Since literally the first month following the January 2021 decision, various government bodies and assessors have investigated the decision-making process involved. And despite most reports alleging no real wrongdoing, a bipartisan group of Colorado congresspeople attempted throughout 2022 to stymie the effort.
The first confirmation of the now-seemingly inevitable move came in April, when Colorado’s US Senators Michael Bennet and John Hickenlooper together with US Representatives Doug Lamborn (R) and Jason Crow (D) where briefed on the findings of the Government Accountability Office (GAO).
No details were released to the public at that time, but the congresspeople had time to spin the information. The aforementioned four Coloradoans released a statement saying in part, “We have said before that the U.S. Space Command basing decision was the result of a flawed and untested process that lacked transparency and neglected key national security and cost considerations. After reviewing the draft GAO report, we are even more concerned about the questionable decision to move U.S. Space Command from Colorado to Alabama.”
No matter: About three weeks later, GAO officials announced upon completion of its second review of the Trump Administration’s process. Lead author and DoD Inspector General Robert Storch wrote in part, “We found that the process Air Force officials used to select Huntsville, Alabama, as the preferred permanent location for the U.S. Space Command headquarters complied with law and policy, and was reasonable in identifying Huntsville as the preferred permanent location.”
“We determined that, overall, the basing action process directed by the Secretary of Defense complied with federal law and DoD policy, and the Air Force complied with the [requirements of the Secretary of Defense] for the basing action.”
The full report released publicly on June 2 did cite “significant shortfalls” in the decision-making process, however: “GAO found that the Air Force’s revised process fully or substantially met 7 of 21 Analysis of Alternatives (AOA) best practices it assessed,” the report assessed. “These best practices are grouped into four characteristics of a high-quality AOA process. GAO found that the revised process did not fully or substantially meet 3 of 4 characteristics.”
The GEO further advised that, in future, “Developing basing guidance consistent with these best practices, and determining the basing actions to which it should apply, would better position the Air Force to substantiate future basing decisions and help prevent bias, or the appearance of bias, from undermining their credibility.”
Despite the GAO’s conclusion, the Colorado congresspeople continued the fight, officially stated their “repeatedly raised concerns that the previous administration used a flawed, untested, and inconsistent process to select a location for US Space Command.” The reports from the Government Accountability Office and the Department of Defense Inspector General both confirm that the basing process lacked integrity and neglected key national security considerations.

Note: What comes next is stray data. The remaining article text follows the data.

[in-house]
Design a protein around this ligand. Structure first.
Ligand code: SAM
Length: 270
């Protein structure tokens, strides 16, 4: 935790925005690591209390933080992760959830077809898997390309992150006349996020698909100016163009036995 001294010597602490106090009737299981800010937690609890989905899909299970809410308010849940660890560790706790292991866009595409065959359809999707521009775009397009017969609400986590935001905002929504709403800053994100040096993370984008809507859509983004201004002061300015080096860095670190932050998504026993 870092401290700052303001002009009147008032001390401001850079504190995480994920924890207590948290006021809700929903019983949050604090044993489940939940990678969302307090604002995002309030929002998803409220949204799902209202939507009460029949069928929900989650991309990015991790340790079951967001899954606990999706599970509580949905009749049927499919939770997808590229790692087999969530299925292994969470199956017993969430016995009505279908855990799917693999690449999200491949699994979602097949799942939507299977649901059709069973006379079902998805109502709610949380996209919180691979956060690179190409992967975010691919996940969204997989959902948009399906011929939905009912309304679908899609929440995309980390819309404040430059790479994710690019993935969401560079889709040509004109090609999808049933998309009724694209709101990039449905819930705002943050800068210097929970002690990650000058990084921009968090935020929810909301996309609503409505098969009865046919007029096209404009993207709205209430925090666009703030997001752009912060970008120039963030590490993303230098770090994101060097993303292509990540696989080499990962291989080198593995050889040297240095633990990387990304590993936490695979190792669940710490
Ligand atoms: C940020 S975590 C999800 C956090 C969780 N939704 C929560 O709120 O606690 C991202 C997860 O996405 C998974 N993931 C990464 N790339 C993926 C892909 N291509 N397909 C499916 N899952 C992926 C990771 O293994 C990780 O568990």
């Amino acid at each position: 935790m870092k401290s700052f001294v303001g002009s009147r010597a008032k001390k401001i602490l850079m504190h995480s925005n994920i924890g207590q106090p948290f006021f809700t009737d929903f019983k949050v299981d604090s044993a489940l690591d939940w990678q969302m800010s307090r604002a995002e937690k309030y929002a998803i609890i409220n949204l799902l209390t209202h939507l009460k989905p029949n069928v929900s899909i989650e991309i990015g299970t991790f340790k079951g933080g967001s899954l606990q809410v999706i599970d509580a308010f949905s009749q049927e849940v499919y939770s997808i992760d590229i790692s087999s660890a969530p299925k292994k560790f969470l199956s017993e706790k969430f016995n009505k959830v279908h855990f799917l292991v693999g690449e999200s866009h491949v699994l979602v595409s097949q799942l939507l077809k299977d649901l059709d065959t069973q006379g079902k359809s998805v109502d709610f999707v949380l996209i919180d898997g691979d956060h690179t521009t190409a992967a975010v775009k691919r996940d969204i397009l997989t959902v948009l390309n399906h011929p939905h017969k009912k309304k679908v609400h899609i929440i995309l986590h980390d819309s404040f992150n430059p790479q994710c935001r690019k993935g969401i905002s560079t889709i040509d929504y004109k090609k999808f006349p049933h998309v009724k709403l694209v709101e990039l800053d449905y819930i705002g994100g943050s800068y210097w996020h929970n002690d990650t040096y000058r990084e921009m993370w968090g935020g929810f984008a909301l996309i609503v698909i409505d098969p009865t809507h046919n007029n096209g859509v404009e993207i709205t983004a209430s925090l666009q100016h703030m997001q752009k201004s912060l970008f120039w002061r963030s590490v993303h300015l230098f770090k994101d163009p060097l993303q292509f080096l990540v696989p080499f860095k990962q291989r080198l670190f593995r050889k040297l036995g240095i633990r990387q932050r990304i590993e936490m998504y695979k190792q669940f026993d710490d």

“We have serious concerns about how this conclusion was reached, which contradicts the military leadership’s stated goal of reaching full operational capability as quickly as possible. Our national security should be the deciding factor in basing decisions.”
In mid-August, Sen. Bennett found more fuel for Colorado’s dying fire in the Supreme Court’s Dobbs v. Jackson ruling stating that state governments can set abortion laws. Bennett opined to media that the ruling “could have a negative effect on recruitment and morale” in the military and that he was “deeply concerned about how the Dobbs decision and state abortion bans will affect Space Command’s workforce and readiness if the command leaves Colorado.”
In late November, after the required environmental-impact studies had been completed, Gen. James Dickinson told media that “I think the decision [on the relocation] is going to come out shortly. I don’t have a date or time. That is a decision by the secretary of the Air Force, and I know that they have been doing a very deliberate analysis of the two reports that came out.”
At year’s end, that date and time have still not been released and Colorado lawmakers continue disagreeing. In December, Sen. Bennett et al have argued that the logistics move itself would be so cost-prohibitive and time-consuming that, in the medium-term, a move of SPACECOM HQ to Huntsville would “damage America’s national security and erode our competitive edge in space.”
And going into 2023, we wait…